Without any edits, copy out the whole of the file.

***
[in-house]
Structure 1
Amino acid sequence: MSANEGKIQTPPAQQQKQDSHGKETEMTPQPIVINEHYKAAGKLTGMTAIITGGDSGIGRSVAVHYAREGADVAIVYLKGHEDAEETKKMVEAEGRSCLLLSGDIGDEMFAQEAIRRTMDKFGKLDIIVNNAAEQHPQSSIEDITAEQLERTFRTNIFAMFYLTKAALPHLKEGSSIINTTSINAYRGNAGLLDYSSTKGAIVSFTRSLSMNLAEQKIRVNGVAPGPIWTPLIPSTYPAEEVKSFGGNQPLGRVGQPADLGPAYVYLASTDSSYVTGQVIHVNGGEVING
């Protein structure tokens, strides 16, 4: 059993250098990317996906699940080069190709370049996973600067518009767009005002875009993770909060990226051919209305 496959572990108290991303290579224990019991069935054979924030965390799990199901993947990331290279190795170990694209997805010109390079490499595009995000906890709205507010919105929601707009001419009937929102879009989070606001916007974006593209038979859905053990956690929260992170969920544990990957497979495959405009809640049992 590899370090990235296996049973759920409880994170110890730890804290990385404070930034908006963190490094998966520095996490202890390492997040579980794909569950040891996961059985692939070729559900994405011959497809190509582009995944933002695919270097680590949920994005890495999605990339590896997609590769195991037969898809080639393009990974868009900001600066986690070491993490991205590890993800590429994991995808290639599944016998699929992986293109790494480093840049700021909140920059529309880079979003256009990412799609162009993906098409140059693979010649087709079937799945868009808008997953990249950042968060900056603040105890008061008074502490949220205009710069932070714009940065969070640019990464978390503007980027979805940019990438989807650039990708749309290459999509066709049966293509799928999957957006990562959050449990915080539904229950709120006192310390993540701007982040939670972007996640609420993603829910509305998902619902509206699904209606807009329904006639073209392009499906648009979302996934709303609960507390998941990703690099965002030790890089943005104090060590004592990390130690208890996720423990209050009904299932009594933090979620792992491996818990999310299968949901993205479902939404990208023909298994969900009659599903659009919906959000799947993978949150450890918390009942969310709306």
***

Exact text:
[in-house]
Structure 1
Amino acid sequence: MSANEGKIQTPPAQQQKQDSHGKETEMTPQPIVINEHYKAAGKLTGMTAIITGGDSGIGRSVAVHYAREGADVAIVYLKGHEDAEETKKMVEAEGRSCLLLSGDIGDEMFAQEAIRRTMDKFGKLDIIVNNAAEQHPQSSIEDITAEQLERTFRTNIFAMFYLTKAALPHLKEGSSIINTTSINAYRGNAGLLDYSSTKGAIVSFTRSLSMNLAEQKIRVNGVAPGPIWTPLIPSTYPAEEVKSFGGNQPLGRVGQPADLGPAYVYLASTDSSYVTGQVIHVNGGEVING
């Protein structure tokens, strides 16, 4: 059993250098990317996906699940080069190709370049996973600067518009767009005002875009993770909060990226051919209305 496959572990108290991303290579224990019991069935054979924030965390799990199901993947990331290279190795170990694209997805010109390079490499595009995000906890709205507010919105929601707009001419009937929102879009989070606001916007974006593209038979859905053990956690929260992170969920544990990957497979495959405009809640049992 590899370090990235296996049973759920409880994170110890730890804290990385404070930034908006963190490094998966520095996490202890390492997040579980794909569950040891996961059985692939070729559900994405011959497809190509582009995944933002695919270097680590949920994005890495999605990339590896997609590769195991037969898809080639393009990974868009900001600066986690070491993490991205590890993800590429994991995808290639599944016998699929992986293109790494480093840049700021909140920059529309880079979003256009990412799609162009993906098409140059693979010649087709079937799945868009808008997953990249950042968060900056603040105890008061008074502490949220205009710069932070714009940065969070640019990464978390503007980027979805940019990438989807650039990708749309290459999509066709049966293509799928999957957006990562959050449990915080539904229950709120006192310390993540701007982040939670972007996640609420993603829910509305998902619902509206699904209606807009329904006639073209392009499906648009979302996934709303609960507390998941990703690099965002030790890089943005104090060590004592990390130690208890996720423990209050009904299932009594933090979620792992491996818990999310299968949901993205479902939404990208023909298994969900009659599903659009919906959000799947993978949150450890918390009942969310709306």